Let me give you an example. You go to a doctor regularly and each time the doctor asks you what seem an incoherent series of questions. Besides, this doctor writes down everything: What have you eaten for supper yesterday? Did you have sex? If so, how long did it last? How long have you slept afterwards? How often did you go to the lavatory at night? How often do you walk up at night? How long do you walk on average every day? Do you like salty food? So many questions. The doctor gives some number values to each answer you give and stores everything you tell her. She does this with millions of her patients without expecting anything. In the end she feeds the data to a fast computer and the computer spits remarkable revelation in a single swipe. “There seems to exist a correlation,” the computer purports, “between stress, pain in the left chest, back-etching, constipation, and hypothyroidism.” Indeed, many in the scientific community now believe that big data analytics will play a vital role in our quest to beat cancer.

In politics, big data analytics plays critical roles. Governments routinely rely on correlations obtained from big data analytics to predict and abort terrorist plots, to predict population demands and sentiments and to timely supply products, to win votes in democratic elections, and to spy on foreign nations. It is common knowledge that China gathers a huge amount of data every single day from Africa Union through the network it has secretly implanted in Addis Ababa to spy on African nations and ensnare them in their folly and greed.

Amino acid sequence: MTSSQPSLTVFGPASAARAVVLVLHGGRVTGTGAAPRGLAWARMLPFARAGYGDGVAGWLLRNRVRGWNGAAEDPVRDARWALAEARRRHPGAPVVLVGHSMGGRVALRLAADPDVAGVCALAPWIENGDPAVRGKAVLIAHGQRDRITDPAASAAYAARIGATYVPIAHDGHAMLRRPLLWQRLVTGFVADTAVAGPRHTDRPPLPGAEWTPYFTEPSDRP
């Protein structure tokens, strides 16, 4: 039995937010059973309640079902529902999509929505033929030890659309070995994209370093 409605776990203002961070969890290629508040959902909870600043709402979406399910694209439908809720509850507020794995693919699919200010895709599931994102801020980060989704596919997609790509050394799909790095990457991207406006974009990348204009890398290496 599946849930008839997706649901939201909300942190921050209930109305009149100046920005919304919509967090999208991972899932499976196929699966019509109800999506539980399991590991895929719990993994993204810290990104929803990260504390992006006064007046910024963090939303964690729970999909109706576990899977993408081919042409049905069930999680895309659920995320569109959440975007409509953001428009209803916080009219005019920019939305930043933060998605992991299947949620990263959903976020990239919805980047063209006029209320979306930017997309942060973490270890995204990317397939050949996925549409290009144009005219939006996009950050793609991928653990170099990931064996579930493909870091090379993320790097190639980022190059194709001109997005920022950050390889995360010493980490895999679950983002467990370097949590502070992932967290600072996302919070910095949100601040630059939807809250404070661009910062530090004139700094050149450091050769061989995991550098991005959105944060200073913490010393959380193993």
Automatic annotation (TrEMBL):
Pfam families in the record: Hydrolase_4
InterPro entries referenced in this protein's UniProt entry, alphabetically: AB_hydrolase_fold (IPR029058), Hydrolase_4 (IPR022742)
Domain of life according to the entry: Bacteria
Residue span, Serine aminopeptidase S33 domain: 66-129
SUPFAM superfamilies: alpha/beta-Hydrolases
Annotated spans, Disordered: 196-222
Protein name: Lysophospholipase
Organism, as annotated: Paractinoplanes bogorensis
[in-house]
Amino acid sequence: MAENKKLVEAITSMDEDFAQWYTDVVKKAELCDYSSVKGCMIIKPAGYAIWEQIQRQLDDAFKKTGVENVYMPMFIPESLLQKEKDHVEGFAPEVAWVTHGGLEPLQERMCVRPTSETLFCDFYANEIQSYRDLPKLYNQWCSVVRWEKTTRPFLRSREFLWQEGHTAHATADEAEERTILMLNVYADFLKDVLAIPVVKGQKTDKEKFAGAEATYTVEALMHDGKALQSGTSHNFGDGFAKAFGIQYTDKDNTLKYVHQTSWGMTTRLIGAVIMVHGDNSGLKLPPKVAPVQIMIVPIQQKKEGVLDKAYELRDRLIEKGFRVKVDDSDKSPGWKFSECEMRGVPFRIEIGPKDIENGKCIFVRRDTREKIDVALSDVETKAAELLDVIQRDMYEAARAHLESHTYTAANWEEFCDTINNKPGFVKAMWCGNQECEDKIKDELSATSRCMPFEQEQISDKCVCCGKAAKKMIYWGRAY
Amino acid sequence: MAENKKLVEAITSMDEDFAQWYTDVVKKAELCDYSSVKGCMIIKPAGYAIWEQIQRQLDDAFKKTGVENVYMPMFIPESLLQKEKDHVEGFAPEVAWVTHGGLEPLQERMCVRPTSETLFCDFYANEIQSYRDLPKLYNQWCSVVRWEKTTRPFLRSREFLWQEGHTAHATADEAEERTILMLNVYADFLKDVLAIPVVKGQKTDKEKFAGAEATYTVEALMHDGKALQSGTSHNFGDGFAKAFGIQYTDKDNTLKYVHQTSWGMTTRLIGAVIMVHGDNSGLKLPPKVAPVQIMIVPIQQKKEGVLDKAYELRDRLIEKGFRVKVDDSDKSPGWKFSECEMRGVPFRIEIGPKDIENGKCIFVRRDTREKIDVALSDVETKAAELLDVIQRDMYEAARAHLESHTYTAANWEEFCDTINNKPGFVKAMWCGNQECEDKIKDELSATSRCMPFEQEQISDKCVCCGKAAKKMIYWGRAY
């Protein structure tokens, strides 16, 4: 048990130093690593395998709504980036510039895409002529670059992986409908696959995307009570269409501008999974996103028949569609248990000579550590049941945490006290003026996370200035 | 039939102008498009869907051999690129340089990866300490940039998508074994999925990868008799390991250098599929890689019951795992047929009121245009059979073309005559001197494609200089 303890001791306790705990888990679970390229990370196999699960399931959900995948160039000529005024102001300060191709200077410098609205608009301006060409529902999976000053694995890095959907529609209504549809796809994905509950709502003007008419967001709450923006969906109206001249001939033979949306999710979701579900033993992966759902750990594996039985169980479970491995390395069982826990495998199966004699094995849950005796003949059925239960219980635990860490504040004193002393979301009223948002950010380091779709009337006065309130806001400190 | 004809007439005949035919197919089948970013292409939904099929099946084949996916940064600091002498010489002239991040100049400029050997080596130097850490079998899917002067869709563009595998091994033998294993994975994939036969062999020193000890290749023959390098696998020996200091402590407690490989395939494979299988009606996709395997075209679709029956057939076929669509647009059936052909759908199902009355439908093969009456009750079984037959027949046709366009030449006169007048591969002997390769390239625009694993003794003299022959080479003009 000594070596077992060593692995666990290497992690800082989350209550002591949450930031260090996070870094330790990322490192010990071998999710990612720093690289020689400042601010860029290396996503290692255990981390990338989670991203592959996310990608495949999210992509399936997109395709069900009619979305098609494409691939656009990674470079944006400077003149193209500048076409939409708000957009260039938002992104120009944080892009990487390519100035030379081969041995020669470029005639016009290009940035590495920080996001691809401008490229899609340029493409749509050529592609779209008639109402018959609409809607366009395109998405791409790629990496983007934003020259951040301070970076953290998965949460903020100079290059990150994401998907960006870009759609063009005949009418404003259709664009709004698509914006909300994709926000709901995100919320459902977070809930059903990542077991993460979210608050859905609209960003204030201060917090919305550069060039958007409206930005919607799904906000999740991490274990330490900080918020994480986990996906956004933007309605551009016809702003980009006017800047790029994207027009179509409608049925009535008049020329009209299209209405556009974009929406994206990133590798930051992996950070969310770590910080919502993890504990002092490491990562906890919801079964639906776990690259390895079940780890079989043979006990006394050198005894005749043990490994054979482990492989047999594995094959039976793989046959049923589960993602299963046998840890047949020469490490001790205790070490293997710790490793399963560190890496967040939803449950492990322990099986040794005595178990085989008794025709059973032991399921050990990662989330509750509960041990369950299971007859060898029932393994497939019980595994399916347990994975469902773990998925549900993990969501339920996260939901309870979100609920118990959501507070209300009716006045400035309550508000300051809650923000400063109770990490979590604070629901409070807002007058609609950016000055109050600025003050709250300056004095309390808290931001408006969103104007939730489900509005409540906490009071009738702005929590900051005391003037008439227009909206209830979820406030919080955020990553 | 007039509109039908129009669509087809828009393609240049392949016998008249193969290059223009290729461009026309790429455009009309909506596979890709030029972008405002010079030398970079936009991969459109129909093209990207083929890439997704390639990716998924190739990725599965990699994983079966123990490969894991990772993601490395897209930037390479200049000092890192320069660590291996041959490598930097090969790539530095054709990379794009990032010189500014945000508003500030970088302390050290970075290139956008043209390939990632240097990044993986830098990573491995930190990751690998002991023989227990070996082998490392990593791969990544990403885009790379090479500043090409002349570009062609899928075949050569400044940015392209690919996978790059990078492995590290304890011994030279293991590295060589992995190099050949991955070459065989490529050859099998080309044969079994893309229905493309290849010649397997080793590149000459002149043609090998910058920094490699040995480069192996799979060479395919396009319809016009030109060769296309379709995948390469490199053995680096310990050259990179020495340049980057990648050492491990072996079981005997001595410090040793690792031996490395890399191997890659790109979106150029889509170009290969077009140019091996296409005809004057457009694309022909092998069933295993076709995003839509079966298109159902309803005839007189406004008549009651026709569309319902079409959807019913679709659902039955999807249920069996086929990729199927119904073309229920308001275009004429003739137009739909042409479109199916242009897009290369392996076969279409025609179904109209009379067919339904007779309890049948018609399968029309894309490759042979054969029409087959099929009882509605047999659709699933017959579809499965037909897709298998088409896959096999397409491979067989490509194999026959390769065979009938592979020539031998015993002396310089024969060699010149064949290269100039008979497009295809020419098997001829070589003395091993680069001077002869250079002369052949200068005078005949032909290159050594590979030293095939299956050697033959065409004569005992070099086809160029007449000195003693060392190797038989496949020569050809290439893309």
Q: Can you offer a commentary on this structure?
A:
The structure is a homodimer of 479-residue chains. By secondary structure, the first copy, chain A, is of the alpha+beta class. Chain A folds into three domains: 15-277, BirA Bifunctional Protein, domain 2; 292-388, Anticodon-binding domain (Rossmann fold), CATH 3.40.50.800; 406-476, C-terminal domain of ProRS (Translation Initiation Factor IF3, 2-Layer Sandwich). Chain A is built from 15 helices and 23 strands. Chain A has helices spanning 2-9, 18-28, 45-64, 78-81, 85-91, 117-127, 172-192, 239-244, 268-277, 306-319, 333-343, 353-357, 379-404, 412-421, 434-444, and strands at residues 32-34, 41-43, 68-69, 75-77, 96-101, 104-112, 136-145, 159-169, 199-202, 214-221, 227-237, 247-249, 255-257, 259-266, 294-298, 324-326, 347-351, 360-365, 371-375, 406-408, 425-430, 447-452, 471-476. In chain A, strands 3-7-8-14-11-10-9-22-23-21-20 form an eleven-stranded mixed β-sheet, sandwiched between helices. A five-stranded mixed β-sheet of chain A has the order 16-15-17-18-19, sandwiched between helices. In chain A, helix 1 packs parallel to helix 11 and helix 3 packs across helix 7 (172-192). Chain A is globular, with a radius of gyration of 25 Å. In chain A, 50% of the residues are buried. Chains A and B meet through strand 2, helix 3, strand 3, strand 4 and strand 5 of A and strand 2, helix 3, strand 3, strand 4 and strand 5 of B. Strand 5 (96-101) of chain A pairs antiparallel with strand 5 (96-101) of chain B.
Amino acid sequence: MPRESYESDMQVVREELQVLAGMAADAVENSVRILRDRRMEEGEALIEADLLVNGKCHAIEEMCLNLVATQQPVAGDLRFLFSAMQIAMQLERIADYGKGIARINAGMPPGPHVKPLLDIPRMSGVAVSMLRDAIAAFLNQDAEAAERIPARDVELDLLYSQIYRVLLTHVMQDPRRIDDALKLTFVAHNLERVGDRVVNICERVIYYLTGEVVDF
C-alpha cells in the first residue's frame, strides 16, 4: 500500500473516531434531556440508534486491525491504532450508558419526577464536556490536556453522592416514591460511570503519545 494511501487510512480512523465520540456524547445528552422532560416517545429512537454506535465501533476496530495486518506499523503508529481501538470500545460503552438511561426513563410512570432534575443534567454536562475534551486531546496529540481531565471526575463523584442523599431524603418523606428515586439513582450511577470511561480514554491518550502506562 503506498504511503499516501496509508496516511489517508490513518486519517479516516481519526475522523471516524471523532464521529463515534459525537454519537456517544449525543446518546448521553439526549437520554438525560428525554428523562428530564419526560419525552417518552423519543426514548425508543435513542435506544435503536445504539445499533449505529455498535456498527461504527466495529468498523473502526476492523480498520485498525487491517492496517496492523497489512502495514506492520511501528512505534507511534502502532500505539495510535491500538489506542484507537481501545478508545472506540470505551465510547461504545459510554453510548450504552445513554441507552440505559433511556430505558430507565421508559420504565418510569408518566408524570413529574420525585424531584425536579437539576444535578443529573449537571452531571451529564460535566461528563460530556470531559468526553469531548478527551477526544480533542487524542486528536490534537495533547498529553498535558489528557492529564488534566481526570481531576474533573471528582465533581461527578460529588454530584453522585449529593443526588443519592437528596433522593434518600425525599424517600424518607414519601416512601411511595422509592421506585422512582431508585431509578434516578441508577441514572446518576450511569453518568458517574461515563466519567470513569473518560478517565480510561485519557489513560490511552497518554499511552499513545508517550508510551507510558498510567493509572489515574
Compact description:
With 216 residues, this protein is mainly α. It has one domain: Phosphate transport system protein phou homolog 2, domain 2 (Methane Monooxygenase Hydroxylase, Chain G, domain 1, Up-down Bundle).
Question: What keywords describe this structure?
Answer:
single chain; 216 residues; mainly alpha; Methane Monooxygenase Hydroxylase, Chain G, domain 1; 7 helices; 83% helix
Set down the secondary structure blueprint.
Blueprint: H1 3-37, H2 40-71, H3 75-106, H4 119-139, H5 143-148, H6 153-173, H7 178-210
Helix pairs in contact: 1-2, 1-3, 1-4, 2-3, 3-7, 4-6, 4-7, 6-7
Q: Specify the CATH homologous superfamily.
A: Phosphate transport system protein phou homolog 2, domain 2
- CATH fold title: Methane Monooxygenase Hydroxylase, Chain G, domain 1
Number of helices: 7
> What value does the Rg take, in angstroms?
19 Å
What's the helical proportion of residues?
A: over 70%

Scientists predict that the future of big data analytics in Artificial Intelligence is not as such to predict what happens in the future but to engineer the future itself. In simple terms, those with the upper hand determine what the simple-minded should wish for and consume. The end goal is enslavement. This is consistent with human character and history. The strong, the educated, the smart, always enslaves and exploits the weak, the uneducated, and the simple-minded. There is no place for mercy and compassion. The fit not merely survives but thrives whilst the unfit serves the purpose of the fit.

So, what has this got to do with Ethiopia, you may ask. Well, I answer, Ethiopia is no island. Living in perpetual forgetfulness … “forgotten by the world it had forgotten for thousands of years”, is a thing of the past. Unless the country prepares itself and educates its youth to face the future, its destination is enslavement (admittedly, its present existence is no better than enslavement). At present, the critical channel for its universities and colleges is tragically chocked by its own government. For more than two decades the Ethiopian government deliberately deprived its youth access to the Internet. As a result, shocking ignorance to what is going on around the world reigns in our universities and colleges, now our students and professors alike painfully contenting themselves with their daily consumption of junk content coming from Facebook.